I've just read the following sentence in a mathematics book:

Auf die Reihenfolge kommt es dabei gar nicht an, auch nicht darauf, ob einige Elemente vielleicht mehrfache aufgeführt sind.

My question is about the emphasized part. From context, I infer that it is some kind of way to say, "it doesn't matter". I think I understand the words "ankommen", "gar nicht", and "dabei" in isolation, but I don't get how they come together to form the expected meaning. It would also be very helpful to see some further examples of usage of this construction.

[I didn't know which tag would be appropriate here, please correct if necessary.]

  • For me, it's a bit unclear what you aim at, since you have already got the correct meaning, both of the individual parts as well as of their combination. – Björn Friedrich Sep 25 '18 at 16:50
  • @BjörnFriedrich, that's a fair point, but I still wouldn't be confident about using this expression myself. For example, would this be correct: "Es kommt dabei nicht an darauf, ob Du kommst, oder nicht." (It doesn't matter whether you come or not.) And in what situations such a formulation would be used as opposed to other more straightforward expressions. – GermanMathLearner Sep 25 '18 at 16:55
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    Regarding the etymology of drauf ankommen dass, I would like to refer you to @Christian Geiselmann's question: german.stackexchange.com/q/47177/25241. – Björn Friedrich Sep 26 '18 at 8:41

Individual parts:

  • dabei → in doing so / in that
  • gar nicht → simply not / not at all
  • darauf ankommen → to depend (on that) / to matter
  • auf etwas ankommen → to depend on something


  • Dabei kommt es darauf gar nicht an. → In doing so, it simply doesn't matter.
  • Dabei kommt es auf die Reihenfolge gar nicht an. → In that, the order doesn't matter at all.

These are only examples; there are various other possibilities. For example, I would translate the last sentence simply as

This doesn't depend on the order at all.

The word this already refers to what's been said before, which is why the word-by-word translation (dabei → in doing so) is not needed.

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    But could you, Björn, explain the genesis of this expression? GermanMathLearner is right that this is a puzzlingly complex idiom, and it is not clear how its constituents started to mean, when combined, what they mean when combined... Earliest citation of "drauf ankommen" in German literature? – Christian Geiselmann Sep 25 '18 at 21:15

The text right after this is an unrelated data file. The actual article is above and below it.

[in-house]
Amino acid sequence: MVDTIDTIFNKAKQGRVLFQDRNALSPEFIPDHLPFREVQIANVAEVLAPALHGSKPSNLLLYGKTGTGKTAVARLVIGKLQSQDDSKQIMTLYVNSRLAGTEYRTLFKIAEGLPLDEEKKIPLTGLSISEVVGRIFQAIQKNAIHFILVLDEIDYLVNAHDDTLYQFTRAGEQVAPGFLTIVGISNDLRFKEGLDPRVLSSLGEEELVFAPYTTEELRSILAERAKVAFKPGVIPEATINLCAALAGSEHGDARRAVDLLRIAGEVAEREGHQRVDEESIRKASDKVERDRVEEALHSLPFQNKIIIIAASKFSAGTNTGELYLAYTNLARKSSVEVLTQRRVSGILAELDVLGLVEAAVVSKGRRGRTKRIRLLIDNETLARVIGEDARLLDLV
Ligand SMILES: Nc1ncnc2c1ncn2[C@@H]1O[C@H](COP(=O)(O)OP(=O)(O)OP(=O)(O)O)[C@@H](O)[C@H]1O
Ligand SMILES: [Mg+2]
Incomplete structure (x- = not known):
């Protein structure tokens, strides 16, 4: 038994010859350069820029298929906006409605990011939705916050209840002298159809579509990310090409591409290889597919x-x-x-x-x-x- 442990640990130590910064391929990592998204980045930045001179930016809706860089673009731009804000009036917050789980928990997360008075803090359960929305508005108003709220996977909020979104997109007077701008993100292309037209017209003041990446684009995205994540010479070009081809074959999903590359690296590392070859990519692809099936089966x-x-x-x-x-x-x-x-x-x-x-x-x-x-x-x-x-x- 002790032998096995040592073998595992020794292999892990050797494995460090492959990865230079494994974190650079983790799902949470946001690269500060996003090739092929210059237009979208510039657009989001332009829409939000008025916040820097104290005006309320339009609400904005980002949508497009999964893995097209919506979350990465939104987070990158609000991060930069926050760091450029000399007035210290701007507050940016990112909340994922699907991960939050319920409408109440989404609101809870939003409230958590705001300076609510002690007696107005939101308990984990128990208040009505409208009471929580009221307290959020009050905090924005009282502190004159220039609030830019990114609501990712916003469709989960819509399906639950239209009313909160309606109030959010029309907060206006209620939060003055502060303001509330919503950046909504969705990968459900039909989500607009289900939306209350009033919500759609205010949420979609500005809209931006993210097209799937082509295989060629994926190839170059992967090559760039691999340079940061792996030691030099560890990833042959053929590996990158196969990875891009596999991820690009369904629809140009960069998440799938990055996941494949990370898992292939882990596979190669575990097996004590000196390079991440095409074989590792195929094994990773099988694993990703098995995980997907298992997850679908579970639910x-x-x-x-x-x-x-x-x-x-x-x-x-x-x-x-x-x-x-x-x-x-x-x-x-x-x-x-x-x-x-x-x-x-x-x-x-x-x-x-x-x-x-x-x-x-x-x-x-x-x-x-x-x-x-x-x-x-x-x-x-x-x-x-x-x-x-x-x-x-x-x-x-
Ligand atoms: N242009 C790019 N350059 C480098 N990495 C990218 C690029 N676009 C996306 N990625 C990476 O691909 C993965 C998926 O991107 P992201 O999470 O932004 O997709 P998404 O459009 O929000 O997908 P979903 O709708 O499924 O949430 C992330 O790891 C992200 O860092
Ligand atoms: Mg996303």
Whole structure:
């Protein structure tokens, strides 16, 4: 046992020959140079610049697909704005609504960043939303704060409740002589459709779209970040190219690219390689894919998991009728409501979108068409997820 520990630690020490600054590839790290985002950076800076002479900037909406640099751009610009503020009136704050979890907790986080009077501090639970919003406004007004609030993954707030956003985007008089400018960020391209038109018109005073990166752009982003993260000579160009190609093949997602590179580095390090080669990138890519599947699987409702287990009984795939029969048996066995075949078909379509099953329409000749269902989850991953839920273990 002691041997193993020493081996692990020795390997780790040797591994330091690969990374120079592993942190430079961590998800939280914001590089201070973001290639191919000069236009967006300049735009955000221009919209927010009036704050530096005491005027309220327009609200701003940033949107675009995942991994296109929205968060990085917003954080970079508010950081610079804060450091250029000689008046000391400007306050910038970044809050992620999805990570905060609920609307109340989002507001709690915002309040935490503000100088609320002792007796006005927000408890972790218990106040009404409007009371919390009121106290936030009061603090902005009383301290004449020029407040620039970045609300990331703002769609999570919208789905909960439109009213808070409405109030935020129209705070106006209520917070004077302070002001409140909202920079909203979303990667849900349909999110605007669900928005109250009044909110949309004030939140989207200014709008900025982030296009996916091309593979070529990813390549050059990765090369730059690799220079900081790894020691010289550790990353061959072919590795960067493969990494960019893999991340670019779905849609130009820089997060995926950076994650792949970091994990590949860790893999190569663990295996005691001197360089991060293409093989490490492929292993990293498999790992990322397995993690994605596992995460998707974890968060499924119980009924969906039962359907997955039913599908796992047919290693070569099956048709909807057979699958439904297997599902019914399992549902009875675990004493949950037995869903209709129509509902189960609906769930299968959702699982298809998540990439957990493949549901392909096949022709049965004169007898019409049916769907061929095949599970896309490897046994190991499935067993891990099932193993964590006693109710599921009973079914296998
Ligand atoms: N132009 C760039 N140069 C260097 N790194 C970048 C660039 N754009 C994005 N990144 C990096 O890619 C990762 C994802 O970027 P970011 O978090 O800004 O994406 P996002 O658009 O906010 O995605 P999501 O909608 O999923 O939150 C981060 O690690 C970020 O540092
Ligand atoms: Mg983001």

The basic phrase would be

Es kommt nicht auf [die Reihenfolge] an,

which as you rightly guessed means that the order doesn't matter, or more literally, that (whatever is talked about) is not dependent on it (es kommt auf X an describes that there is some kind of choice possible with respect to X, on which some situation depends).

Now, both dabei and gar are adverbs modifying this phrase. The gar in general makes the negation stronger, or more total -- "it doesn't depend on the order at all" would be a good literal translation. However, in a case like this, it has more pragmatic function; I would say that could also indicate something like "contrary to what one might expect".

The dabei is a so-called Pronominaladverb. It consists on a demonstrative da "here, there", and the pronoun bei, which on its own means "at", and is used anaphorically, relating to a topic (proabably a mathematical concept) introduced right before. This is not the other meaning of dabei "present", but should be interpreted as something like a relative "concerning this, ..." or perhaps, "for that".


For that, the order doesn't matter at all, and neither does...

We might also say that in combination with the negation, the dabei has an adverserial aspect:

The order doesn't matter at all, though, and neither does...

But in maths, dabei is usually used to add more specific information the topic before, such as

[x >= y wenn P gilt;] dabei ist x = y genau dann, wenn...

  • @BjörnFriedrich Good point, thanks. I was mislead to quickly, then... – phipsgabler Sep 25 '18 at 18:03

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